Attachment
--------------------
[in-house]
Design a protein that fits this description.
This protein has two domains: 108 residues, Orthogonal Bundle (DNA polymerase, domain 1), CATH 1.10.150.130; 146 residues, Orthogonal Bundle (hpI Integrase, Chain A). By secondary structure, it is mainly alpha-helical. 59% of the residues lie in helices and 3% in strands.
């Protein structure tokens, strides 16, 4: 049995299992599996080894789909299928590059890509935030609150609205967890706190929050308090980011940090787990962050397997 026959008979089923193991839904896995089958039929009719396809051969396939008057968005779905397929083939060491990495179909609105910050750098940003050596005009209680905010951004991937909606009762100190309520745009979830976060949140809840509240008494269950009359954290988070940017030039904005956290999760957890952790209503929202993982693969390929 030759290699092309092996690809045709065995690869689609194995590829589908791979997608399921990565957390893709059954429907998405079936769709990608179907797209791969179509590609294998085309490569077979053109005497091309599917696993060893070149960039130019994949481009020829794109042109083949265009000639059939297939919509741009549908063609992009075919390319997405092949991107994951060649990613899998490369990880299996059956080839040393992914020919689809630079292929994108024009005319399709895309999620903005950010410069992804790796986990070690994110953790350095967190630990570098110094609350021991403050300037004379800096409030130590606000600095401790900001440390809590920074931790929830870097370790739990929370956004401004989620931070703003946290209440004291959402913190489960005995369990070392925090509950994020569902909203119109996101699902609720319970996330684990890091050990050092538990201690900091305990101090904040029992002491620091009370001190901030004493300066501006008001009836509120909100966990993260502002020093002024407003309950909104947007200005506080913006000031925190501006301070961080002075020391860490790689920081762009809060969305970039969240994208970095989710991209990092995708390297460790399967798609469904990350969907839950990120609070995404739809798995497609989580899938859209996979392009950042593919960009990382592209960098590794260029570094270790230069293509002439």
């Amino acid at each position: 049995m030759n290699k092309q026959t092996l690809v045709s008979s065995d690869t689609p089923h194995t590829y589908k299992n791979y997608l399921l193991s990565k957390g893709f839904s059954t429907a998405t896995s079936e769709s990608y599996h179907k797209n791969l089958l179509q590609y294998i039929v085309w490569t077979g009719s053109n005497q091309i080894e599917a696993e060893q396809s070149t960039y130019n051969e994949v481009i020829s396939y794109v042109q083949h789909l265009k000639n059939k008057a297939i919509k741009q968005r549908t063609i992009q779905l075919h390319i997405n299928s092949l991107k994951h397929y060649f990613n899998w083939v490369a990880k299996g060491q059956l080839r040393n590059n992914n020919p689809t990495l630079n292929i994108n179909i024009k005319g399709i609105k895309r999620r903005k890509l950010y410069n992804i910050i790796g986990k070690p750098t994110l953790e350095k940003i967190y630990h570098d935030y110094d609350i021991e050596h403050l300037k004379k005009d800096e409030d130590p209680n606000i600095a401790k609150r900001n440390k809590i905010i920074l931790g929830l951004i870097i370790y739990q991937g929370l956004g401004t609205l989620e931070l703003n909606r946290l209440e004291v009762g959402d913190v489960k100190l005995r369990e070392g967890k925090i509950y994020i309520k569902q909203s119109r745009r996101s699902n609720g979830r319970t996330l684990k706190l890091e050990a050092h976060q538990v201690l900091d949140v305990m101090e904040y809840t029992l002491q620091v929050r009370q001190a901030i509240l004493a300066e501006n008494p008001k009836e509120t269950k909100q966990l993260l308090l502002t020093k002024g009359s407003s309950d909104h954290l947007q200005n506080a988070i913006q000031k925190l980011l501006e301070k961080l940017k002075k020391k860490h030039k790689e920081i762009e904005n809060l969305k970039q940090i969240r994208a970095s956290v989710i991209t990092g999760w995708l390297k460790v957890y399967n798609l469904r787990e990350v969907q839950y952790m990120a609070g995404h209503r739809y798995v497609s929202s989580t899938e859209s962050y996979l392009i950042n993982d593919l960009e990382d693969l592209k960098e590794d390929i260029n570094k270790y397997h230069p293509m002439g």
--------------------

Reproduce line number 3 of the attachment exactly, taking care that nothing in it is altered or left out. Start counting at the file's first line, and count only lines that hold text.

This protein has two domains: 108 residues, Orthogonal Bundle (DNA polymerase, domain 1), CATH 1.10.150.130; 146 residues, Orthogonal Bundle (hpI Integrase, Chain A). By secondary structure, it is mainly alpha-helical. 59% of the residues lie in helices and 3% in strands.